1. Fundamentally Yours
Recorded between July and September 1973 at Air Studios, London, and released the following February, ‘The Man In The Bowler Hat’ was Stackridge’s third long-player. It was, by common consent, their finest achievement, both up to that point and in their entire seven-year career.
For James Warren, Stackridge had ‘three ingredients going for it: eccentricity, Englishness and an incredible stylistic diversity. We were flying in the faces of the Frees, Zeppelins and Sabbaths, undoubtedly; but none of us were out and out rockers at heart, so we just stuck to ploughing our own idiosyncratic furrow.’
But the magic ingredient ‘Bowler Hat’ boasted was the involvement of an iconic musical figure: GEORGE MARTIN, producer of the Beatles until their split three years previously.
Andy Davis had sessioned on John Lennon’s ‘Imagine’ album, while James Warren had been inspired to pick up the guitar by such classic singles as ‘A Hard Day’s Night’ and ‘I Feel Fine’. ‘We had unwittingly joined the musical aristocracy,’ he marvelled, ‘and it was a very pleasant three-month sojourn’.
ANDY DAVIS, MUTTER SLATER, MIKE EVANS, JAMES WARREN, CRUN WALTER
1974's career highlight is a small but perfectly formed body of work. Producer George Martin lifts principal leads (and Beatles fans) Andy Davis and James Warren's capacity for a droll way with words and pastoral melody to new levels, tightening presentation without losing the immediacy and sparkle that trademarked their recorded output and, more importantly, popular live act . ****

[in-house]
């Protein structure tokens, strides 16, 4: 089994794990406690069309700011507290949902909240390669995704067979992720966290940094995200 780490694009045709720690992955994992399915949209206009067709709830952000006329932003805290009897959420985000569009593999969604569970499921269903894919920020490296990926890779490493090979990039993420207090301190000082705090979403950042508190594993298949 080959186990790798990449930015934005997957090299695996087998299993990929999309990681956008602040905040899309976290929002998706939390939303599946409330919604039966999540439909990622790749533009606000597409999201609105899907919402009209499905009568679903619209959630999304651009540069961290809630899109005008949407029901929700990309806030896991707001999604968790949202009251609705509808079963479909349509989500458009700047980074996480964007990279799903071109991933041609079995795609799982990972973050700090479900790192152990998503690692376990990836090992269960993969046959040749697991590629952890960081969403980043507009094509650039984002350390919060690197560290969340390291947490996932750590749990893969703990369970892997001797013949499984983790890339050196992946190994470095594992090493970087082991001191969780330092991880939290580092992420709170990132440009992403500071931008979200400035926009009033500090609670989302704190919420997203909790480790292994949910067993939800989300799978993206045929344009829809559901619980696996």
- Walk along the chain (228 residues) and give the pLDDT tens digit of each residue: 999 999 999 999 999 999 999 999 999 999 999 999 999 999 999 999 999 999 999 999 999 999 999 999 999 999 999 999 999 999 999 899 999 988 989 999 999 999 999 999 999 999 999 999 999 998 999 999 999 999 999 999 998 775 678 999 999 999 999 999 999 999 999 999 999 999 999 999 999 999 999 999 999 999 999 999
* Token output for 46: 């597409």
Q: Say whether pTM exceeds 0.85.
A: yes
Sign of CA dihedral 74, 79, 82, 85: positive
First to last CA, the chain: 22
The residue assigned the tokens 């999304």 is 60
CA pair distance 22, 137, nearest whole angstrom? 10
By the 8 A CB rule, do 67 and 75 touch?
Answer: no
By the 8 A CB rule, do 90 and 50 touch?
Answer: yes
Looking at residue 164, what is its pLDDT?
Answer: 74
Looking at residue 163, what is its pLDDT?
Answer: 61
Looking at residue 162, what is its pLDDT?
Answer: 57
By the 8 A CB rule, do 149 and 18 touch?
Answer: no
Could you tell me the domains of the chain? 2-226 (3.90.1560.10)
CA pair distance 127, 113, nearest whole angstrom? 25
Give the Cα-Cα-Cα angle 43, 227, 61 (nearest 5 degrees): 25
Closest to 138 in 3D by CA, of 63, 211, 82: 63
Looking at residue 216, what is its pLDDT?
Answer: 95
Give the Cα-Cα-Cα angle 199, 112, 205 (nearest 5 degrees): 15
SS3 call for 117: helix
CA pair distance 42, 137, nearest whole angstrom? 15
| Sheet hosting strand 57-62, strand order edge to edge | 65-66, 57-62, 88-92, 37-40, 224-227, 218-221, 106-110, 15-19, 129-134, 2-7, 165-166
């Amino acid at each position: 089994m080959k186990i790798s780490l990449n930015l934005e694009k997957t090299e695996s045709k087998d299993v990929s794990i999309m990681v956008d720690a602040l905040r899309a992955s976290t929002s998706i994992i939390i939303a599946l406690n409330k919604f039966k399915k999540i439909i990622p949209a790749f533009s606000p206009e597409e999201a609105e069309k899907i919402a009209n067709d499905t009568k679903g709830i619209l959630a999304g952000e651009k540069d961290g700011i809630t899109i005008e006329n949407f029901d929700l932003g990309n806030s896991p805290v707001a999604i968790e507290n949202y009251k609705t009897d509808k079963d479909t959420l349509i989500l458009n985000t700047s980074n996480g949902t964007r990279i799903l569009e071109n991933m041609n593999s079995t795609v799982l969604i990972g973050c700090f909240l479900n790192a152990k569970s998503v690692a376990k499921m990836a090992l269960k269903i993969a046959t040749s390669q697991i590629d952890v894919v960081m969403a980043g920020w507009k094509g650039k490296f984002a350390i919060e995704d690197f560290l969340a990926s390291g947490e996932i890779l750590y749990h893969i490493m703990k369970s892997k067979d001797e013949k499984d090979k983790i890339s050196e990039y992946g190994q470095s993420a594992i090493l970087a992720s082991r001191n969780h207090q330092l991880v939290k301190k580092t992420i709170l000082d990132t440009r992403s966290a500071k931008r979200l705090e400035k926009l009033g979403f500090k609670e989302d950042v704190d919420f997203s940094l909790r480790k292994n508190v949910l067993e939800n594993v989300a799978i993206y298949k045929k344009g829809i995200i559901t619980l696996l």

Peter Muir www.getreadytorock.com (January 2007)
...What really works a treat on this, probably Stackridge's finest hour (from 19873) is George Martin's production...It entitles Stackridge to take their place as significant contributors to the rich diversity of the rock scene of the early 70s...
Rock n Reel (May 2007)
Stackridge’s tuneful charm at its most endearing
Kevin Bryan, Hartlepool Mail (April 2007)
'the songs' maintain a coherent level of arrangements. The nearly homogenous treatment helps in gluing the songs together and results in a better album flow' 8.75/10
Avi Shaked, www.maelstrom.nu (May 2007)
'a thoroughly good-natured project. What really works a treat on this, probably Stackridge’s finest hour (from 1973) is George Martin’s production'
Rychard Carrington, Rock&Reel (April 2007)
...a more concentrated listening reveals clever and amusing lyrics with more musical complexity than at first thought...
Classic Rock Society (February 2007)
This time progressive tendencies give room to playful songs...here the music goes everywhere - meandering from calypso to country...
Let It Rock (April 2007)
...an uplifting collection of songs, from the beautiful Road To Venezuela to the quirky Galloping Gaucho...
Maverick (October 2007)